Researchers look to unleash the power of stem cells to repair brain injuries

Andras Nagy was the principal investigator on a study by researchers at U of T and Sinai Health that identified a new way to control the fate of neural stem cells (photo courtesy of Sinai Health Foundation)

Scientists at the University of Toronto and Sinai Health say they have identified a new way to control the fate of neural stem cells, bringing researchers one step closer to unlocking the mystery of how to repair the brain after injury or stroke.

The findings, published recently in the journal Nature Communications, outline a small set of molecules able to keep two major classes of neural stem cells from losing their ability to differentiate into critical components of a mammal’s cortex, a part of the brain that controls language and information processing.

“This discovery is an exciting extension of platform technologies developed by our lab in recent years, which make cell therapy safe and universal with off-the-shelf products to treat degenerative diseases,” said Andras Nagy, who is principal investigator on the study, a professor of obstetrics and gynaecology U of T’s Temerty Faculty of Medicine, and a senior investigator at the Lunenfeld-Tanenbaum Research Institute at Sinai Health.

GABAergic and glutamatergic neurons are two major neuronal subtypes in the mammalian forebrain, or cerebral cortex. Both classes develop from cells known as neuroepithelial progenitors and play an early and important role in brain development, but then quickly lose their ability to form other cortical cell types.

To overcome this limitation, scientists in the Nagy lab identified a set of small molecules capable of keeping the progenitor cells growing without losing their developmental potential.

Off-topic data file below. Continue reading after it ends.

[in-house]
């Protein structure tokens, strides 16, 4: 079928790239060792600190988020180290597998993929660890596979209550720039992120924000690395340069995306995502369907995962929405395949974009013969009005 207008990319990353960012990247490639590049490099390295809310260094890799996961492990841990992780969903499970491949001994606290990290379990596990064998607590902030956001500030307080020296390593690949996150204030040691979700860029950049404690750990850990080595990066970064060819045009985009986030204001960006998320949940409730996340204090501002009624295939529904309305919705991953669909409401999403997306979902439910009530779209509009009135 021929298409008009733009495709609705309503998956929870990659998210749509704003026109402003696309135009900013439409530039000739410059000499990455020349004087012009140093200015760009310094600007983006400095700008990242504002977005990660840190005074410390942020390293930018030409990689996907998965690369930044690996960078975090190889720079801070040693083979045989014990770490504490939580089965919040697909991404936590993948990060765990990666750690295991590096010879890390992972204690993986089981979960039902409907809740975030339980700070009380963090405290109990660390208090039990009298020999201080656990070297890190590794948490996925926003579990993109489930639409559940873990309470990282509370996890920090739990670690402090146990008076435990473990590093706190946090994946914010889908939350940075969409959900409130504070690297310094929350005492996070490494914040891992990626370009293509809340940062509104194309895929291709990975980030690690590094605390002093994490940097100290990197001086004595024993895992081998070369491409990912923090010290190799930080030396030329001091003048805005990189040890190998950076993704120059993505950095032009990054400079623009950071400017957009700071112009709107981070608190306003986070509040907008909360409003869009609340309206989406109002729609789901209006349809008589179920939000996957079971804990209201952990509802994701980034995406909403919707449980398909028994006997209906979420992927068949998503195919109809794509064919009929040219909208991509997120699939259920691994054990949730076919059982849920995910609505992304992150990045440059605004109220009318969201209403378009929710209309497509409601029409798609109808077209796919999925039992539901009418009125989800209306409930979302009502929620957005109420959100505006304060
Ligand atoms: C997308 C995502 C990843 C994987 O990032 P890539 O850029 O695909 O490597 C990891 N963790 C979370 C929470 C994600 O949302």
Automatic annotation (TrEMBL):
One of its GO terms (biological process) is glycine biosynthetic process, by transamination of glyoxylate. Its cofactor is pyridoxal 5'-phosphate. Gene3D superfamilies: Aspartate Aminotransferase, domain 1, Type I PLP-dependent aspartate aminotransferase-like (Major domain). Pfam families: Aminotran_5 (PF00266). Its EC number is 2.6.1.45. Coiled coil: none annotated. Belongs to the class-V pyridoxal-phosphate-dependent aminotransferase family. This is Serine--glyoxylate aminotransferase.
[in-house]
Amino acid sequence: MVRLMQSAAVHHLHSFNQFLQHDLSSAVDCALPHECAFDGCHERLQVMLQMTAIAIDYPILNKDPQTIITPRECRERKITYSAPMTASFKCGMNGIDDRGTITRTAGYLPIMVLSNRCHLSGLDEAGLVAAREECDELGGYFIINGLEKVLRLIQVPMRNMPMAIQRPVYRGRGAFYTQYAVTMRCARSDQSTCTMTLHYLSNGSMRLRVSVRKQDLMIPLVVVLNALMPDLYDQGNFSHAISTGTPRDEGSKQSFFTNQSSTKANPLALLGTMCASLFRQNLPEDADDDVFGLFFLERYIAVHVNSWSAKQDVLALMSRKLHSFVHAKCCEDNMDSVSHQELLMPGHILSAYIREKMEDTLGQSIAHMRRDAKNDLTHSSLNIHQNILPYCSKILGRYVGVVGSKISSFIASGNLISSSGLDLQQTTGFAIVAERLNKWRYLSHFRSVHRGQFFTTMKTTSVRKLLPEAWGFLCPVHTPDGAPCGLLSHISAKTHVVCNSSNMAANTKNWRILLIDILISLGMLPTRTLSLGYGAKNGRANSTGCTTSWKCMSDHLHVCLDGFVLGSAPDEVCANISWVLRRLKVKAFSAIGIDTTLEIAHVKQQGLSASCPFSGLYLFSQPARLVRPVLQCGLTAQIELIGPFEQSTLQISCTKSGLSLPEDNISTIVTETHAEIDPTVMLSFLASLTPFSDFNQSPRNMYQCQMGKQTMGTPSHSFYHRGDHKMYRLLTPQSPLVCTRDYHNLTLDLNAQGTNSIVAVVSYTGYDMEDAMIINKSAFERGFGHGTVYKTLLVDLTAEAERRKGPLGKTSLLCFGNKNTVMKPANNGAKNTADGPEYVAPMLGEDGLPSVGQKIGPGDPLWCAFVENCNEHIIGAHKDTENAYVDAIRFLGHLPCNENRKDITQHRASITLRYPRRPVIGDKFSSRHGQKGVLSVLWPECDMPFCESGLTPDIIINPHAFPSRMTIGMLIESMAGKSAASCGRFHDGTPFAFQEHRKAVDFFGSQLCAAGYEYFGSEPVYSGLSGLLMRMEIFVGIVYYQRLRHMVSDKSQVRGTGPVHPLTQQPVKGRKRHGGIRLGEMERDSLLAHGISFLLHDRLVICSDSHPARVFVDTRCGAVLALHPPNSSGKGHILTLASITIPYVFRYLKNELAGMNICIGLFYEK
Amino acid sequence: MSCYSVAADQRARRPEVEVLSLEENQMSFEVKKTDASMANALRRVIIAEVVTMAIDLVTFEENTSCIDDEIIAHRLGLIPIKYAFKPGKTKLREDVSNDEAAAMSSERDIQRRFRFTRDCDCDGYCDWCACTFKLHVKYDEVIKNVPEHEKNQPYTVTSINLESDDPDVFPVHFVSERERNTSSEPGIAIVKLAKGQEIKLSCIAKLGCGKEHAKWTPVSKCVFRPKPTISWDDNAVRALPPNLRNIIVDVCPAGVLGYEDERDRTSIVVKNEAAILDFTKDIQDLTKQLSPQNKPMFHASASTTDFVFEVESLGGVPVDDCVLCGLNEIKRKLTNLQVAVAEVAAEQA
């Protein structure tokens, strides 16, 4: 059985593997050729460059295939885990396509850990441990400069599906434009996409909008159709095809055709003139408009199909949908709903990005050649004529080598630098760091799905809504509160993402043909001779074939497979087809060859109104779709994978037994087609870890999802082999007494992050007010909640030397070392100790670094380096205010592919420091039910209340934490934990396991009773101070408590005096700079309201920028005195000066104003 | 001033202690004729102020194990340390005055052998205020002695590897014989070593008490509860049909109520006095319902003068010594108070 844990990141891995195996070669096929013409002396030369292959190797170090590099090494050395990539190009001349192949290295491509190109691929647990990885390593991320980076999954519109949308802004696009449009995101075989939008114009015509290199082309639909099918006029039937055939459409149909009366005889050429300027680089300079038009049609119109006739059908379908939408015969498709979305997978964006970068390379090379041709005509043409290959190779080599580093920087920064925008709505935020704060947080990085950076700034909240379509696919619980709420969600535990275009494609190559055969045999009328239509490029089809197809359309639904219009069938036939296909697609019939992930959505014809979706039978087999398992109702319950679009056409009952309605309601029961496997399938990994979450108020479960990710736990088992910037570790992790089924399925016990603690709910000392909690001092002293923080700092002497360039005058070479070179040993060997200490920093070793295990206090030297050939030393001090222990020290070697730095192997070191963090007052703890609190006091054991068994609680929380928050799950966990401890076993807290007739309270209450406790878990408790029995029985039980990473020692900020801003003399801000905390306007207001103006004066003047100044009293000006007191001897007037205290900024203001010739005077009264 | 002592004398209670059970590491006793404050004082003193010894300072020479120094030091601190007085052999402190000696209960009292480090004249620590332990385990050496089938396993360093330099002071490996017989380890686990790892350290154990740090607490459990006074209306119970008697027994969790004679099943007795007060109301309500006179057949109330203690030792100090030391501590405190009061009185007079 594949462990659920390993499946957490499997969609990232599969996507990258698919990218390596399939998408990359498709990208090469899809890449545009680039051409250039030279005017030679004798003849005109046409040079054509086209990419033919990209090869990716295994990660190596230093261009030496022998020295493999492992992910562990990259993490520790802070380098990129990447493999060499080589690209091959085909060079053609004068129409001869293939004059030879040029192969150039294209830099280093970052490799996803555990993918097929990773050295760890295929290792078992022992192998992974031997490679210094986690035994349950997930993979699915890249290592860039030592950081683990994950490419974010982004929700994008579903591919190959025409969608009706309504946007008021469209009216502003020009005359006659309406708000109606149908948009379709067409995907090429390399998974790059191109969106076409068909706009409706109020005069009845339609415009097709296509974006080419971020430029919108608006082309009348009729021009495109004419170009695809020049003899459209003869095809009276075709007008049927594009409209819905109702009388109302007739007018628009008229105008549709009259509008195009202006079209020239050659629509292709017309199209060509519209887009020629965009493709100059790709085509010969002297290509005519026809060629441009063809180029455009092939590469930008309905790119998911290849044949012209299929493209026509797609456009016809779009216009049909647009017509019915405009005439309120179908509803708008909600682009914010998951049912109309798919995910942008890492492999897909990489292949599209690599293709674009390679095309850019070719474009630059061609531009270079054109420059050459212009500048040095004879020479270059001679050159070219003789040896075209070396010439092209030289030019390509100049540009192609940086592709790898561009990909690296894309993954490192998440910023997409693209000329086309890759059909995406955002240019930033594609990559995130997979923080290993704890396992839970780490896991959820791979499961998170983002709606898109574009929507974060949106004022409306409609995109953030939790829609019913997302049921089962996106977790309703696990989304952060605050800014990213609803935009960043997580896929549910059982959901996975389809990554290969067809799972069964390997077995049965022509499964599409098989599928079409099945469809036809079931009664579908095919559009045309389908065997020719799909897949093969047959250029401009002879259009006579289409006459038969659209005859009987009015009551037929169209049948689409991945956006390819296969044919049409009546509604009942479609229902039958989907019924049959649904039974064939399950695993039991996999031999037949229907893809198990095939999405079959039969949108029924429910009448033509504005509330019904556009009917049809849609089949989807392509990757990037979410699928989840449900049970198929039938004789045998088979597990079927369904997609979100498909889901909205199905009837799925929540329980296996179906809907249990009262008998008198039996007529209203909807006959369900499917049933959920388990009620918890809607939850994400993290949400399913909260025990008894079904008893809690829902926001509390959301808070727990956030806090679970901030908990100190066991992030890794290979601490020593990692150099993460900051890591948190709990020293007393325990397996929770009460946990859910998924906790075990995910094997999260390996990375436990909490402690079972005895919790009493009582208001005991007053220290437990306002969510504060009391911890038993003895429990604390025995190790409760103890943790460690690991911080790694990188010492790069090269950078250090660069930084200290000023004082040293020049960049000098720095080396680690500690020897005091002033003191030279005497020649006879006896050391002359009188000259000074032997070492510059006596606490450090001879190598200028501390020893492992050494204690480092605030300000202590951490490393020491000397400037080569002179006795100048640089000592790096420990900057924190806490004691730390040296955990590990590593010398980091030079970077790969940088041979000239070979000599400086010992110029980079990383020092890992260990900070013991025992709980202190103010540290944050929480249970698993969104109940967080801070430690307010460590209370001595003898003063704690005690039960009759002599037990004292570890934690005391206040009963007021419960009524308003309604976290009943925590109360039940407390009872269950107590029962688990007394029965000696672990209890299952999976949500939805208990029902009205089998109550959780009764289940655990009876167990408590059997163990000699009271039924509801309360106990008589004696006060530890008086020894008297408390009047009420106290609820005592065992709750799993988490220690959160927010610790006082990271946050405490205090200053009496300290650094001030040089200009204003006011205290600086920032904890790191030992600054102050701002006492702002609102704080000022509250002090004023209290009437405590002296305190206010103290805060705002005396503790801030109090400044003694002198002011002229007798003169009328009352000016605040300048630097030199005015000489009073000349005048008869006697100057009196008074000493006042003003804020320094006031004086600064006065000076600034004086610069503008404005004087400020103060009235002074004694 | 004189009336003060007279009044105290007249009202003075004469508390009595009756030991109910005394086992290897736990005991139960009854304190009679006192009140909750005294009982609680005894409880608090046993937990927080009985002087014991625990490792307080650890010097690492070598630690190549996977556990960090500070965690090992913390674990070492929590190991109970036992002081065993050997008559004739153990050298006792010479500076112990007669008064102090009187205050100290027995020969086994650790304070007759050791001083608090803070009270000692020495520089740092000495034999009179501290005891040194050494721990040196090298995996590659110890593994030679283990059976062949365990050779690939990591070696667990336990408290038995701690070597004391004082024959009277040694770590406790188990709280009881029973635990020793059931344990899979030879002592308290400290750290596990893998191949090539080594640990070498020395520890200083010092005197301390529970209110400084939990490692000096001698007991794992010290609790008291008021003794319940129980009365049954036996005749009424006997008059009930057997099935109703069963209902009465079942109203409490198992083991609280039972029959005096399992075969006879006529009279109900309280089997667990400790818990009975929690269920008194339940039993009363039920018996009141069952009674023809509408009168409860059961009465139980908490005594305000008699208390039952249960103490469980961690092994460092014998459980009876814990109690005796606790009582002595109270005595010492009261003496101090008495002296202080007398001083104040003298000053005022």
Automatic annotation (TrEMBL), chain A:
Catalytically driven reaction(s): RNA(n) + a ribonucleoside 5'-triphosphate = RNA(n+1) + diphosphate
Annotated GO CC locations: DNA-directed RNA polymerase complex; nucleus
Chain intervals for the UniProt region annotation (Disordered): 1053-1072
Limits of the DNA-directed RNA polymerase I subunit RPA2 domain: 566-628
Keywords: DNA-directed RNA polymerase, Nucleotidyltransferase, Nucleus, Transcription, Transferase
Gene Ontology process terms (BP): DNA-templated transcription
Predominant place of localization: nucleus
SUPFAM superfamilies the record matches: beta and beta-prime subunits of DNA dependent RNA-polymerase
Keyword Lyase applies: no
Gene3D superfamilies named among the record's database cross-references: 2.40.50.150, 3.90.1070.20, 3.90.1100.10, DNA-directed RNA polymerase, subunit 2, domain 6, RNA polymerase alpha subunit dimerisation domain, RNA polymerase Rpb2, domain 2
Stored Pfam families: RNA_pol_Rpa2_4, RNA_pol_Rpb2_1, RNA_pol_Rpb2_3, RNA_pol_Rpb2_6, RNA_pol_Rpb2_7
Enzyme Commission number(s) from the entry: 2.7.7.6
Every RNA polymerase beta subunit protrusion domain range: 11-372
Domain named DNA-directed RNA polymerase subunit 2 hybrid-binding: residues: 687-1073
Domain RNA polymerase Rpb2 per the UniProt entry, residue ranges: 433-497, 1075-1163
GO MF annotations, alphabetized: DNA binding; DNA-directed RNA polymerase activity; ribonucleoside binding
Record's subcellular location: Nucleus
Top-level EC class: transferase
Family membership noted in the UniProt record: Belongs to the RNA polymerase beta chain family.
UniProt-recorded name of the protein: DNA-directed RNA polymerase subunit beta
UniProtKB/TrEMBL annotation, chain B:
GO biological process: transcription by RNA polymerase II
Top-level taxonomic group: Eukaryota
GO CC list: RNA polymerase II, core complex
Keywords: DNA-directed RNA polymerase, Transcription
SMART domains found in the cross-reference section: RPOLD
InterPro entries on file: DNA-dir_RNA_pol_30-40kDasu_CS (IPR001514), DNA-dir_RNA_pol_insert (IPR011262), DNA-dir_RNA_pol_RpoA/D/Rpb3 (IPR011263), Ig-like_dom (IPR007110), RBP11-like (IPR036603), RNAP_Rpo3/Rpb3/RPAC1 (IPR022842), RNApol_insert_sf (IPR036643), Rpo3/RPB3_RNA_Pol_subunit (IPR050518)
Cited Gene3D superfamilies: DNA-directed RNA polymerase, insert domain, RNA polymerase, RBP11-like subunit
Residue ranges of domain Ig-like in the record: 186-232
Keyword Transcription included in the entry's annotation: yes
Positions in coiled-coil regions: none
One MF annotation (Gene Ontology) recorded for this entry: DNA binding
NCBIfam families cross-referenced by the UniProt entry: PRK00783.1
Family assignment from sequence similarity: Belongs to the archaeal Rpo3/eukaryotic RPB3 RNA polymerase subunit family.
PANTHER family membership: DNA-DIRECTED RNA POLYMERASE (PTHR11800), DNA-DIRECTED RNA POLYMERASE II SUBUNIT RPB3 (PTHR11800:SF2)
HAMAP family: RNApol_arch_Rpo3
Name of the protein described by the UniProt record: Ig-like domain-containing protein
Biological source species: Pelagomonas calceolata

Furthermore, when researchers withdrew that cocktail of molecules from the stem cells, the cells continued to differentiate into cells of the human forebrain in large numbers.

“The ability to obtain an unlimited number of forebrain-forming neural epithelium from stem cells is essential for disease modelling and toxicity testing needed in the development of new drugs,” said Nagy, who is also affiliated with U of T's Institute of Medical Science and holds the Canada Research Chair in Stem Cells and Regeneration. “These cells could be used in cell therapies, with the potential to treat strokes and other neurological diseases.”

Balazs Varga, first author on the paper who developed cell-based therapeutic approaches over the span of a decade for the project, said that understanding the forces orchestrating brain development will help identify underlying causes of diseases, leading to new treatments.

"Our work identified one way we can control the fate of neural stem cells,” said Varga, formerly a post-doctoral researcher in the Nagy lab who is now a research associate at Wellcome Trust Medical Research Council Cambridge Stem Cell Institute. “Better understanding the behaviour of the neuroepithelial cells will provide us with ideas about how we could control progenitor cell function and brain regeneration.”

The research was supported by the Canadian Institutes of Health Research.

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